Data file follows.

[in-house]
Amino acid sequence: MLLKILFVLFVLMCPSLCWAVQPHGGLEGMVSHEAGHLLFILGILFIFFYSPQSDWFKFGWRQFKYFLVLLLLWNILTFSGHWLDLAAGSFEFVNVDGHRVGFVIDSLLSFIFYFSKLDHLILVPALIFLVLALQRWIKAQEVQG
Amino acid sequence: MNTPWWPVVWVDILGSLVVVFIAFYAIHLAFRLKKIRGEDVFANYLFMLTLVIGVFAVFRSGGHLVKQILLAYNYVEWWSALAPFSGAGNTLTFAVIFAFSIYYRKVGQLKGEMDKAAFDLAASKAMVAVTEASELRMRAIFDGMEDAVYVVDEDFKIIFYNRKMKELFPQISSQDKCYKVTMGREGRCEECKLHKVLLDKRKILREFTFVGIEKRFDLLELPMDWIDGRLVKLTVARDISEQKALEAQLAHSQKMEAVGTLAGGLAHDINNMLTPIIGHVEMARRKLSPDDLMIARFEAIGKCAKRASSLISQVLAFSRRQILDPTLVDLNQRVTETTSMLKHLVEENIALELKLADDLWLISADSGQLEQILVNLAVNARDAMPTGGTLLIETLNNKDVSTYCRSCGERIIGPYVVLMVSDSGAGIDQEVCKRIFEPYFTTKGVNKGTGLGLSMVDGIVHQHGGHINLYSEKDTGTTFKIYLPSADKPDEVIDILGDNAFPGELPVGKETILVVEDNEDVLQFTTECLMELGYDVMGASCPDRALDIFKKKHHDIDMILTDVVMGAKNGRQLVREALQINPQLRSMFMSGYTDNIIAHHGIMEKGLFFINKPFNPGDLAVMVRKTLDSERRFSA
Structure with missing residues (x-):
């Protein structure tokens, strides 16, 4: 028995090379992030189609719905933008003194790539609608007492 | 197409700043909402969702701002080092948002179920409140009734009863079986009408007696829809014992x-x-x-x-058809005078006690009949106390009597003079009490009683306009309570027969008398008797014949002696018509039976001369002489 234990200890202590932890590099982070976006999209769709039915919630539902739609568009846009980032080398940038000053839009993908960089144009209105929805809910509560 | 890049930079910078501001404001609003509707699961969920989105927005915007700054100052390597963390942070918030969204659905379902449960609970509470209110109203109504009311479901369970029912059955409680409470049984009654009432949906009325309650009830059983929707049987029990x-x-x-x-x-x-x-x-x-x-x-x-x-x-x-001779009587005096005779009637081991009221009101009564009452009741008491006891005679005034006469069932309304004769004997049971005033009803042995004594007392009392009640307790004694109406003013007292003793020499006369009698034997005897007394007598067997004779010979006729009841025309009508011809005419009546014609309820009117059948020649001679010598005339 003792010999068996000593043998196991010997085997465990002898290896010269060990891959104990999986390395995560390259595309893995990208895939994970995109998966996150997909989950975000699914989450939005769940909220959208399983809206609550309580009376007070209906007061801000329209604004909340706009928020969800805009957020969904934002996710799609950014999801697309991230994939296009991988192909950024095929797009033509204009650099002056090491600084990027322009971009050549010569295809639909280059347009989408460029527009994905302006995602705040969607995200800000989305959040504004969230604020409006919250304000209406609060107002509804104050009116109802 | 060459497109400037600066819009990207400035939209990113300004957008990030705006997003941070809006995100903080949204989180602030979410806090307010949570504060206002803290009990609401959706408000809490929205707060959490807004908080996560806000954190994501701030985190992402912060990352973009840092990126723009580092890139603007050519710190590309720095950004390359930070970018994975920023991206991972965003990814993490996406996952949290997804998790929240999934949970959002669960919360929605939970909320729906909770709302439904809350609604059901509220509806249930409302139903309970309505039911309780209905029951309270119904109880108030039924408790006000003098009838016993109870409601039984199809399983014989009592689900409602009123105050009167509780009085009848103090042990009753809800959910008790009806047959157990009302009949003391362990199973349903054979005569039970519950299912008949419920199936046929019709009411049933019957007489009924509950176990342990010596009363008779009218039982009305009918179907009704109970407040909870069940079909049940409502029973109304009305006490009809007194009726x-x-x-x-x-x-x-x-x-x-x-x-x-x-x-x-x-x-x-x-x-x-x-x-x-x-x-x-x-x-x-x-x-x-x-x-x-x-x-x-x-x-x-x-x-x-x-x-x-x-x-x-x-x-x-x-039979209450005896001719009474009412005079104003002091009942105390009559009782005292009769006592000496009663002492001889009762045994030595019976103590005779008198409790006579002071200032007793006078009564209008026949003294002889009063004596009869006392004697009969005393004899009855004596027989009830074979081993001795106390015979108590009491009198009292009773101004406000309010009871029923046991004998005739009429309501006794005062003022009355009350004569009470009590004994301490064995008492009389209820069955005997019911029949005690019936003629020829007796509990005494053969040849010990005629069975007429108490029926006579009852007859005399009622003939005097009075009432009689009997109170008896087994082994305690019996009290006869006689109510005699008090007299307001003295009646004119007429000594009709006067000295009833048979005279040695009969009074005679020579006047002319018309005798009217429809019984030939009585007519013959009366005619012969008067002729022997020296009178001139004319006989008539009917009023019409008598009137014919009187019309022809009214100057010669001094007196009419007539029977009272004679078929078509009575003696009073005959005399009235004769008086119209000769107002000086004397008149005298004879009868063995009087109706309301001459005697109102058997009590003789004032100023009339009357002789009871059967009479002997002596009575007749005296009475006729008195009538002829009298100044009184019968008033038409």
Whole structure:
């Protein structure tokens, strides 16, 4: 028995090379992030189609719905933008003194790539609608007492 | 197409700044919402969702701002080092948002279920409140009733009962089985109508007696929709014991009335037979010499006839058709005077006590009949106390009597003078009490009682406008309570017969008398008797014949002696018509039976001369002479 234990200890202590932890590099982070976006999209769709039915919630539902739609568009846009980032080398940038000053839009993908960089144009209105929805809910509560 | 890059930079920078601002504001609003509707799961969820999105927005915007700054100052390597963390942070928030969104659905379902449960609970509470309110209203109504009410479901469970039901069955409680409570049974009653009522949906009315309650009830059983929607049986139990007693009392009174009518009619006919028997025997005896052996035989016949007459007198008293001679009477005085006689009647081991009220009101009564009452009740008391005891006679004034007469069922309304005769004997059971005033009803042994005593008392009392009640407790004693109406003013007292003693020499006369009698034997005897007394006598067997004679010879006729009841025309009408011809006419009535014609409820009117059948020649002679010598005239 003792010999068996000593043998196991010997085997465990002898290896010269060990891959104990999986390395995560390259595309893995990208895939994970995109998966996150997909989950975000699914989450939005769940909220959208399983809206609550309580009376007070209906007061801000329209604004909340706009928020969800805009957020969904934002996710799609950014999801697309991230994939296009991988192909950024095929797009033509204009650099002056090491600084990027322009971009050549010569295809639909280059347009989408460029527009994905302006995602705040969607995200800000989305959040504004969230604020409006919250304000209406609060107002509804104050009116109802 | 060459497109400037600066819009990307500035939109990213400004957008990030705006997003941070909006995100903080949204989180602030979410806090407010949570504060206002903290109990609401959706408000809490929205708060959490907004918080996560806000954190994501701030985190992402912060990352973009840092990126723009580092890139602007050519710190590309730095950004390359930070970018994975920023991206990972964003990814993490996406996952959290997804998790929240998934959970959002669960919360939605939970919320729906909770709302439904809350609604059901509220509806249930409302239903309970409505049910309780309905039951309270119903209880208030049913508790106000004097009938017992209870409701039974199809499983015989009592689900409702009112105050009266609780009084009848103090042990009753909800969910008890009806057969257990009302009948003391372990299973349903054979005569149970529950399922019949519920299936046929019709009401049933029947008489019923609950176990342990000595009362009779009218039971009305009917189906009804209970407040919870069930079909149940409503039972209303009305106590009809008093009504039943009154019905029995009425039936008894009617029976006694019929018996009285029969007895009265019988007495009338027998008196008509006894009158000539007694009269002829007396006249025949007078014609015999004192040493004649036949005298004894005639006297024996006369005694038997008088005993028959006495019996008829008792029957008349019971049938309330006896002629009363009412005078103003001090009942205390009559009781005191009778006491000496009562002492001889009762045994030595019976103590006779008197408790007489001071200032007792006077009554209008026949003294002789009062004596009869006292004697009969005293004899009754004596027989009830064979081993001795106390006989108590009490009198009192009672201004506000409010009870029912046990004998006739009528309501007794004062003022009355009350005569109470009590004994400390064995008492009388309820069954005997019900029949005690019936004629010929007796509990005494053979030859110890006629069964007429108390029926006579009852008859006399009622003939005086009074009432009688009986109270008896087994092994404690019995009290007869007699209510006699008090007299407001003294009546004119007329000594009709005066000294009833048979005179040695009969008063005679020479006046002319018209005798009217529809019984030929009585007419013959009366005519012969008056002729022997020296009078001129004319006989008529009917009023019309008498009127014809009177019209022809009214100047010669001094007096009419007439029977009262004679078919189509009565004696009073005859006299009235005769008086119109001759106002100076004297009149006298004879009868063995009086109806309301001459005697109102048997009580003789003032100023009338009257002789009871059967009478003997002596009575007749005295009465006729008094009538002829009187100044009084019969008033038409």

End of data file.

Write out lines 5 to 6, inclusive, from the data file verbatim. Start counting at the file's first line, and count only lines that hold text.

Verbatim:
């Protein structure tokens, strides 16, 4: 028995090379992030189609719905933008003194790539609608007492 | 197409700043909402969702701002080092948002179920409140009734009863079986009408007696829809014992x-x-x-x-058809005078006690009949106390009597003079009490009683306009309570027969008398008797014949002696018509039976001369002489 234990200890202590932890590099982070976006999209769709039915919630539902739609568009846009980032080398940038000053839009993908960089144009209105929805809910509560 | 890049930079910078501001404001609003509707699961969920989105927005915007700054100052390597963390942070918030969204659905379902449960609970509470209110109203109504009311479901369970029912059955409680409470049984009654009432949906009325309650009830059983929707049987029990x-x-x-x-x-x-x-x-x-x-x-x-x-x-x-001779009587005096005779009637081991009221009101009564009452009741008491006891005679005034006469069932309304004769004997049971005033009803042995004594007392009392009640307790004694109406003013007292003793020499006369009698034997005897007394007598067997004779010979006729009841025309009508011809005419009546014609309820009117059948020649001679010598005339 003792010999068996000593043998196991010997085997465990002898290896010269060990891959104990999986390395995560390259595309893995990208895939994970995109998966996150997909989950975000699914989450939005769940909220959208399983809206609550309580009376007070209906007061801000329209604004909340706009928020969800805009957020969904934002996710799609950014999801697309991230994939296009991988192909950024095929797009033509204009650099002056090491600084990027322009971009050549010569295809639909280059347009989408460029527009994905302006995602705040969607995200800000989305959040504004969230604020409006919250304000209406609060107002509804104050009116109802 | 060459497109400037600066819009990207400035939209990113300004957008990030705006997003941070809006995100903080949204989180602030979410806090307010949570504060206002803290009990609401959706408000809490929205707060959490807004908080996560806000954190994501701030985190992402912060990352973009840092990126723009580092890139603007050519710190590309720095950004390359930070970018994975920023991206991972965003990814993490996406996952949290997804998790929240999934949970959002669960919360929605939970909320729906909770709302439904809350609604059901509220509806249930409302139903309970309505039911309780209905029951309270119904109880108030039924408790006000003098009838016993109870409601039984199809399983014989009592689900409602009123105050009167509780009085009848103090042990009753809800959910008790009806047959157990009302009949003391362990199973349903054979005569039970519950299912008949419920199936046929019709009411049933019957007489009924509950176990342990010596009363008779009218039982009305009918179907009704109970407040909870069940079909049940409502029973109304009305006490009809007194009726x-x-x-x-x-x-x-x-x-x-x-x-x-x-x-x-x-x-x-x-x-x-x-x-x-x-x-x-x-x-x-x-x-x-x-x-x-x-x-x-x-x-x-x-x-x-x-x-x-x-x-x-x-x-x-x-039979209450005896001719009474009412005079104003002091009942105390009559009782005292009769006592000496009663002492001889009762045994030595019976103590005779008198409790006579002071200032007793006078009564209008026949003294002889009063004596009869006392004697009969005393004899009855004596027989009830074979081993001795106390015979108590009491009198009292009773101004406000309010009871029923046991004998005739009429309501006794005062003022009355009350004569009470009590004994301490064995008492009389209820069955005997019911029949005690019936003629020829007796509990005494053969040849010990005629069975007429108490029926006579009852007859005399009622003939005097009075009432009689009997109170008896087994082994305690019996009290006869006689109510005699008090007299307001003295009646004119007429000594009709006067000295009833048979005279040695009969009074005679020579006047002319018309005798009217429809019984030939009585007519013959009366005619012969008067002729022997020296009178001139004319006989008539009917009023019409008598009137014919009187019309022809009214100057010669001094007196009419007539029977009272004679078929078509009575003696009073005959005399009235004769008086119209000769107002000086004397008149005298004879009868063995009087109706309301001459005697109102058997009590003789004032100023009339009357002789009871059967009479002997002596009575007749005296009475006729008195009538002829009298100044009184019968008033038409």
Whole structure: